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An estimated 13.9 million trademark applications covering 18.1 million classes were filed worldwide in 2021 alone, adding up to 73.7 million active trademark registrations at 149 IP offices, according to the World Intellectual Property Organization (WIPO) report. Due to the rapid increase in the number of new small businesses, there exist numerous overlaps in names and logos between different companies. This often leads to situations where two businesses will use similar trademarks without knowing about the others’ existence, until
Sometimes the goods or services sold under the same trademarks are offered in different geographic areas, are unrelated, or utilize different trade channels. In such cases, business owners can benefit from so-called “co-existence agreements”. A well-drafted co-existence agreement can be used as an effective strategy for quick trademark dispute resolution and efficient brand building.
What is a Trademark Co-Existence Agreement?
Trademark co-existence describes a situation in which two different enterprises use a similar or identical trademark to market a product or service without necessarily interfering with each other’s businesses, according to the WIPO.
Successful co-existence agreements usually limit each trademark owner to use the trademark in a way that suits both parties. The agreement must set forth in detail the rights of the respective trademark owners and how confusion in the marketplace will be avoided. Trademark co-existence agreements usually include the following information:
- All parties bound by the agreement;
- The exact trademarks and/or logos which are to coexist;
- Who has the right to the domain names, media use of the trademark, and any modifications made to the trademark;
- Which party has the right to use the trademark when expanding territory or product line;
- Whether international use of the trademark is permissible, and under what conditions;
- The licensing or assigning of the trademark to third parties;
- The rights and responsibilities if one party abandons the use or rights to the copyright;
- Consequences for breaches of the co-existence agreement.
When is Co-Existence Agreement beneficial for the brand?
Co-existence agreements make solid business and financial sense in many situations, and both parties can strike a fair compromise when using an identical or similar trademark. Co-existence of trademarks provides the parties with an opportunity to save money on marketing expenses and avoid lengthy and expensive litigation processes, which can lead to increased quality of the products as well as lower prices for consumers.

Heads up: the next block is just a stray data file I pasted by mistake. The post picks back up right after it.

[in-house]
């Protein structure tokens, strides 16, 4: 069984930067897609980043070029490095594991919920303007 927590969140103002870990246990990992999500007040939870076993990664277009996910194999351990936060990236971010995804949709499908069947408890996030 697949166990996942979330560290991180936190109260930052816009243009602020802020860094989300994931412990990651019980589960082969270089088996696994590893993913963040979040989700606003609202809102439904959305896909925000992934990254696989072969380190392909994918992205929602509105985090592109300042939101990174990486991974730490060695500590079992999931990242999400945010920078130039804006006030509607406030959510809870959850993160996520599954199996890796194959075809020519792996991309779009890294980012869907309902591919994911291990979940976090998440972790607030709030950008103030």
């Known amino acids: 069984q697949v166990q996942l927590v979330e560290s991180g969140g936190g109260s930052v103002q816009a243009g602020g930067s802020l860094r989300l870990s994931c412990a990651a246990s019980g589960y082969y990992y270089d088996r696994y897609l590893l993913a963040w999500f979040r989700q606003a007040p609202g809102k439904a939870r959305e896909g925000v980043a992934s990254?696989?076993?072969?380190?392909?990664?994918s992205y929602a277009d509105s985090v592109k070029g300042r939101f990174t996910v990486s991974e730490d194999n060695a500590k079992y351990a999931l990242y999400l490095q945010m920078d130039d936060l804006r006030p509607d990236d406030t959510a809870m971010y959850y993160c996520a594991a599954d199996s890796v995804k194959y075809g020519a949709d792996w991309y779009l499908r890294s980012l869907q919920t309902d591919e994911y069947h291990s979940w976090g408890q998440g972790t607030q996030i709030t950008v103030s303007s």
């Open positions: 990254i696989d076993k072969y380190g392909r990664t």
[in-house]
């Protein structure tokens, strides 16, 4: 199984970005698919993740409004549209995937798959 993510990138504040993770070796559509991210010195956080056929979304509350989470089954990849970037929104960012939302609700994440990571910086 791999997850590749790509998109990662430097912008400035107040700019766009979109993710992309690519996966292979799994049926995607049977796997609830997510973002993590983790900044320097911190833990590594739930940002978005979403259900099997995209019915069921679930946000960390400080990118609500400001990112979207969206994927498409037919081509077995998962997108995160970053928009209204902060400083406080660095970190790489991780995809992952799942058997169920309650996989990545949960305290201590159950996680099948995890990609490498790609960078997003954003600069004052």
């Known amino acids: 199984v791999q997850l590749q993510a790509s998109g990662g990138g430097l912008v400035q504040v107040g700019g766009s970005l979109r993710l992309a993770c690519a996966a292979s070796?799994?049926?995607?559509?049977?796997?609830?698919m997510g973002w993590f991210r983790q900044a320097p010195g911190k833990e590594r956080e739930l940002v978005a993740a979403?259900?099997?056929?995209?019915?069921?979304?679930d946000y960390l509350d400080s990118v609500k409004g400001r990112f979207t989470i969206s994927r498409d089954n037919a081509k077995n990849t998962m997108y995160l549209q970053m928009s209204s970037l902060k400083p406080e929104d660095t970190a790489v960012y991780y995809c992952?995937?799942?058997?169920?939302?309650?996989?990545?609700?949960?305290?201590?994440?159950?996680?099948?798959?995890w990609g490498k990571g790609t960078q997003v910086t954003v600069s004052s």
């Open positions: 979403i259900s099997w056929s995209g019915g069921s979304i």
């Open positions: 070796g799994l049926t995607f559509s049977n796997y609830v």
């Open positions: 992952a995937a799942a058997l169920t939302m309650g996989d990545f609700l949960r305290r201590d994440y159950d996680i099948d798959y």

Complications can arise when one party already has certain advantages over the other in the marketplace. In one case, a smaller business with a trademark may seek to use a similar or identical trademark of a more established company in a related industry. In most cases, there is significantly less incentive for the bigger company to enter into a co-existence agreement.
This is because, in a co-existence agreement, there is no way to control the quality of the goods or services the other party produces under a similar trademark. Suppose the quality of the other products is poor. In that case, the reputation of this poor quality can affect the overall perception of the trademark, which can be detrimental to businesses using similar or identical trademarks.
The case of Apple Corps vs Apple Computer
The case of Apple Corps, the record company founded by the Beatles, and Apple Computer illustrates some difficulties of the co-existence agreements (see WIPO Magazine 3/2006). The two companies entered into a brand co-existence agreement in 1991. The agreement acknowledged the “similarity between their respective Trade Marks” and the parties’ wishes “to avoid confusion between their respective business activities and to preserve their respective Trade Mark rights. According to the terms of the agreement, Apple would not use its name and logo on any computer products “specifically adapted for use in the recording or reproduction of music or of performing artist works,” and both parties would not oppose or attempt to cancel the registration of their trademarks.
Apple Corps filed the lawsuit in 2003 after Apple Computer launched the iTunes online music store. The Beatles’ company charged that Apple Computer had violated a 1991 co-existence agreement. The Court, however, sided with Apple Computer, stating that the use of the apple logo “does not suggest a relevant connection with the activity that a record company” and that it was “a reasonable and fair use on and in connection with the service.”
Co-existence agreements can be effective tools to resolve trademark disputes under the appropriate circumstances. However, parties should take time to reflect on the pros and the cons and draft a list of all necessary details before committing to engage in such an agreement. If you would like to know more about trademark co-existence agreements and if they are right for your business, or need assistance with your trademark application, don’t hesitate to schedule a free consultation with an experienced trademark attorney today.
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